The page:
The factors that contributed to the disturbances may be divided into political, economic and social.
A principal problem was a lack of political representation. In all colonies, suffrage was very restrictive and London continued to dominate territorial governance.
Past communication problems between the colonies and the colonial authorities in Britain was primarily due to the inaccessibility of the colonial service. The civil service was staffed by graduates of Oxbridge more concerned with promotion than responding to the needs of the populace.
The society was radically altered by emancipation but the political framework remained unchanged. The British Government had failed to abolish the old political system.
The economic system put in place by the ORS and maintained under the CCG made the societies increasingly vulnerable and entirely dependent on the world market
The real weakness was in the structure of the economy. As plantation economies, i.e. based primarily on monocrop agriculture, production for export was the main driver. The relationship between the colonies and the metropole was defined by four factors:
(a) division of labour – the colonies engaged in primary production and the manufacture and distribution of consumer goods was done by the metropole.
(b) carriage of trade – goods were almost entirely transported by
metropolitan carriers. Associated services were provided by metropolitan
(d) imperial preferences – exports entered the metropole at lower tariffs
rival output and metropolitan consumer and capital goods were accorded
preferential entry into the colonies.
The failure to develop was partly a reflection of the rigidity in social, economic and political forms developed during slavery. The rigidity created fixed ideas which in emancipation would lead to a failure to innovate and a continued belief that the W.I. depended on export agriculture and that the survival of the plantation depended upon a supply of servile labour.
Agriculture, the most important economic sector remained depressed. This was due to the initiation of Britain’s free trade importation policy and competition from beet sugar. Economic depression caused a fall in the price of W.I. commodities, a fall in wages increased taxation and widespread unemployment.
The Great Depression created an even worst situation- rising cost of living, rising unemployment and further falling wages.
Emigration avenues closed as Brazil, Cuba, Panama and USA ceased to provide outlets for the excess populations of the colonies.
Social services were either very basic or non-existent.
Another grievance was lack of land reform since black wage earners could not get access to fertile lands.
The most obvious feature of the social structure which persisted from slavery was the stratification of society on the basis of race and colour. Additionally, there was a lack of mediating structures.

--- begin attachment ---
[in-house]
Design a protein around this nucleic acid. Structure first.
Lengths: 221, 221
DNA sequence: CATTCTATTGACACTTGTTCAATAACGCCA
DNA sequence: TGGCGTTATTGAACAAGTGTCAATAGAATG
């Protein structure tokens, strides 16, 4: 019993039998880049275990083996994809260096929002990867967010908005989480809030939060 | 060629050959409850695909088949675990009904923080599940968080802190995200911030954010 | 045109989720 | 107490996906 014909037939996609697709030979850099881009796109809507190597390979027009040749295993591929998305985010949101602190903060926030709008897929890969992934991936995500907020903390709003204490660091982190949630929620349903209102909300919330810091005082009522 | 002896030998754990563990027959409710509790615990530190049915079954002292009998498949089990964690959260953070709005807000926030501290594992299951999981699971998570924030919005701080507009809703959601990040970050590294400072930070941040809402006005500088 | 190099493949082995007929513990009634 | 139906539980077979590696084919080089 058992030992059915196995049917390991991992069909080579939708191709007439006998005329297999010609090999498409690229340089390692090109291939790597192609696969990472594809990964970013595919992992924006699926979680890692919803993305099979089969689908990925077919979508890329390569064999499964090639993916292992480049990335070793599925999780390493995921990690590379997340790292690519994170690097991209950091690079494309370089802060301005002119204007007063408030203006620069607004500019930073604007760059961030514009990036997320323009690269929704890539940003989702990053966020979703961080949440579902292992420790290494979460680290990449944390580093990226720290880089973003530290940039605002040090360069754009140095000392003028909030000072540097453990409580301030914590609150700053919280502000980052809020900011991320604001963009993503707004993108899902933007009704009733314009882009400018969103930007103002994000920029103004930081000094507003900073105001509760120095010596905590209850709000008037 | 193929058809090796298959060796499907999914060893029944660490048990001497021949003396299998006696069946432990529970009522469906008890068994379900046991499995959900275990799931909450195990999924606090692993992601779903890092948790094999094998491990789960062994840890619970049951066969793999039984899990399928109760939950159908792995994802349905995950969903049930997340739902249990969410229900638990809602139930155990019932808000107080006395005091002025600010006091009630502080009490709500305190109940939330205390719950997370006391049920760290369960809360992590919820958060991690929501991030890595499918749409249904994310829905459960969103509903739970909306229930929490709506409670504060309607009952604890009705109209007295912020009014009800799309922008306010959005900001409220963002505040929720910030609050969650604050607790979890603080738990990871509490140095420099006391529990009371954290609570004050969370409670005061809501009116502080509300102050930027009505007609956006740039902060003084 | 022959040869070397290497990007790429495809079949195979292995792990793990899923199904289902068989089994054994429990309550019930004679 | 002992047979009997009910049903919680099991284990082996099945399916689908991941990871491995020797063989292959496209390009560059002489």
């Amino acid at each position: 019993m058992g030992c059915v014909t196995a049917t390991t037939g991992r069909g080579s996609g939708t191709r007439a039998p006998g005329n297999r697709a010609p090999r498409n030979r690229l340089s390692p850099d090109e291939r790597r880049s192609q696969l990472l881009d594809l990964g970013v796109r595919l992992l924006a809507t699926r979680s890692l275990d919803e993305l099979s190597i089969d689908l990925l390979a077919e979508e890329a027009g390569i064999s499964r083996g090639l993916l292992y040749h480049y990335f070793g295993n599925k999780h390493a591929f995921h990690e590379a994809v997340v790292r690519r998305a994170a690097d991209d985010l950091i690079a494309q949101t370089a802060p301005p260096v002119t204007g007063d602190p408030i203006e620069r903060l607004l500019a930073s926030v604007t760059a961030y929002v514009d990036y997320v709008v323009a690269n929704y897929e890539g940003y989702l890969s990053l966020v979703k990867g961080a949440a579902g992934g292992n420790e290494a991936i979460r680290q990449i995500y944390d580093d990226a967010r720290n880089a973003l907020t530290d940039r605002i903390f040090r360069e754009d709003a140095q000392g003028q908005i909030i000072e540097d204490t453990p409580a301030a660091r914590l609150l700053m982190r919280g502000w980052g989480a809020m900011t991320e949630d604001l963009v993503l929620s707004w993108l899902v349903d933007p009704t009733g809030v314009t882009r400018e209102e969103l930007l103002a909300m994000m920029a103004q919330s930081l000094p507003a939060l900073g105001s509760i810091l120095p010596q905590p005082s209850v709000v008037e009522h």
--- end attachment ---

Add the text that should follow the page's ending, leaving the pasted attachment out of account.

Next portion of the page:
No attempt was made by the white middle class to enlarge the franchise as this would weaken their power and influence.
National returning from duties in WWII and who had experienced a higher standard of living began to agitate for fundamental social change. Of special note was the message of Marcus Garvey which called for black empowerment and a uniting of all African people.
The Disturbances A series of riots began in 1935 and lasted until 1938. The territories affected were St. Kitts, Jamaica, Trinidad, St. Lucia, Barbados and British Guiana. The riots affected the sugar industry, oil refining and port activities. As result of the widespread nature of the disturbances, the British Government dispatched a Royal Commission to investigate and report its findings.
The Moyne Commission The Moyne Commission was given the remit to investigate the social and economic conditions and to make recommendations. The report addressed topics such as, agriculture, public health, education, labour problems, administration and constitutional issues. Some recommendations include:
- the establishment of a W.I. Welfare Fund of $1 million annually for 20 years to provide for improvement to education, health and housing.
- creation of a school of hygiene for research and teaching on preventative medicine.
- minor modification to the CCG, the introduction of a limited committee system to give selected legislative members an insight into administrative practices.
- intensification of agriculture through mixed farming.
N.B. no major push for industrial development
1. The ending of the disturbances saw the emergence of strong trade unions
2. The formation of political parties – Jamaica, Barbados and St. Kitts.
3. The granting of universal adult suffrage and the beginning of constitutional de-colonisation.
4. Middle class politicians made demands not only for self-government but higher wages and better social services for workers.
Augier, F. 1865 and After in Beckles & Shepherd (eds) Caribbean Freedom Lewis, G. The Growth of he Modern West Indies. Hamber & Greenwood. Emancipation to Decolonisation.